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Java Script Include a Backslash Character in a String

In Java Script strings, escape sequences are used to inform the interpreter that a character is not just a letter, but that special action should be taken. For example the escape sequence \n indicates that the string should continue on a new line. A backslash indicates the next character is part of an escape sequence.

But what if you actually want to include a backslash in a string, not to start an escape sequence, but to just be displayed as a backslash? To print an actual backslash, you have to escape the backslash with a backslash, as shown below.

var aStr = "To include a backslash in a string, escape it with a \\";

In this case, the backslash would be displayed because it's actually part of an instruction to the interpreter to display a backslash.

In the example below, the programmer's intent was to display a message informing the user that the file was copied to the \networking folder.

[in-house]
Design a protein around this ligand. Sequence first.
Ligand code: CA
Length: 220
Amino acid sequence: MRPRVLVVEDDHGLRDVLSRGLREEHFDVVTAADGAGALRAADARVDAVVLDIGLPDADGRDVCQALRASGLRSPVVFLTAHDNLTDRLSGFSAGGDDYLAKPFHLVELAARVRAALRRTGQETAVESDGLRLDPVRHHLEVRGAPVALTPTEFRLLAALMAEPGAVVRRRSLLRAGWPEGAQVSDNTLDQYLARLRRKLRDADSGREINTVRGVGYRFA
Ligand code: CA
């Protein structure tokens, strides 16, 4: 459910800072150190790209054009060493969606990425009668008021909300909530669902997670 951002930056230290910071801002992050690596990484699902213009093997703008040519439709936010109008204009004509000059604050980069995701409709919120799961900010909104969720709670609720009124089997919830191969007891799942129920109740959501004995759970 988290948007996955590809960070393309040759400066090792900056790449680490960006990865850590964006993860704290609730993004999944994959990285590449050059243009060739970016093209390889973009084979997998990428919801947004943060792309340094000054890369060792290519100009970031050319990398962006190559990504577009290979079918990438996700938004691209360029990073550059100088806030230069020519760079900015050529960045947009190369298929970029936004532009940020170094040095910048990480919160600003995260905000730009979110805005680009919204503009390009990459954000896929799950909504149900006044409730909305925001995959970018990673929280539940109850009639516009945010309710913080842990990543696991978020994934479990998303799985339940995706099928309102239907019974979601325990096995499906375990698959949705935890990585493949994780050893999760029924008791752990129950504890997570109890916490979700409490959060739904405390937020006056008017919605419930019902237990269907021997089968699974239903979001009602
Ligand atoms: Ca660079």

alert("File copied to the \networking folder");

Where the heck is the etworking folder?

Instead, it informs the user that the file was copied to the etworking folder. Where the heck is the etworking folder? The error is caused because the \n in \networking is interpreted as an escape character instructing the interpreter to continue on a new line.

In the example below, the backslash was properly escaped.

alert("File copied to the \\networking folder");

The backslash was properly escaped

More Java Script Code:
• Define Lines in a String
• Accessing Web Page Elements
• The continue Statement
• JavaScript Operators
• Java Script Number Object
• JavaScript .big and .small to Change Text Size
• Using the Java Script eval() Function
• Convert a String to a Number
• Window Object Properties and Methods
• JavaScript Character Escape Sequences

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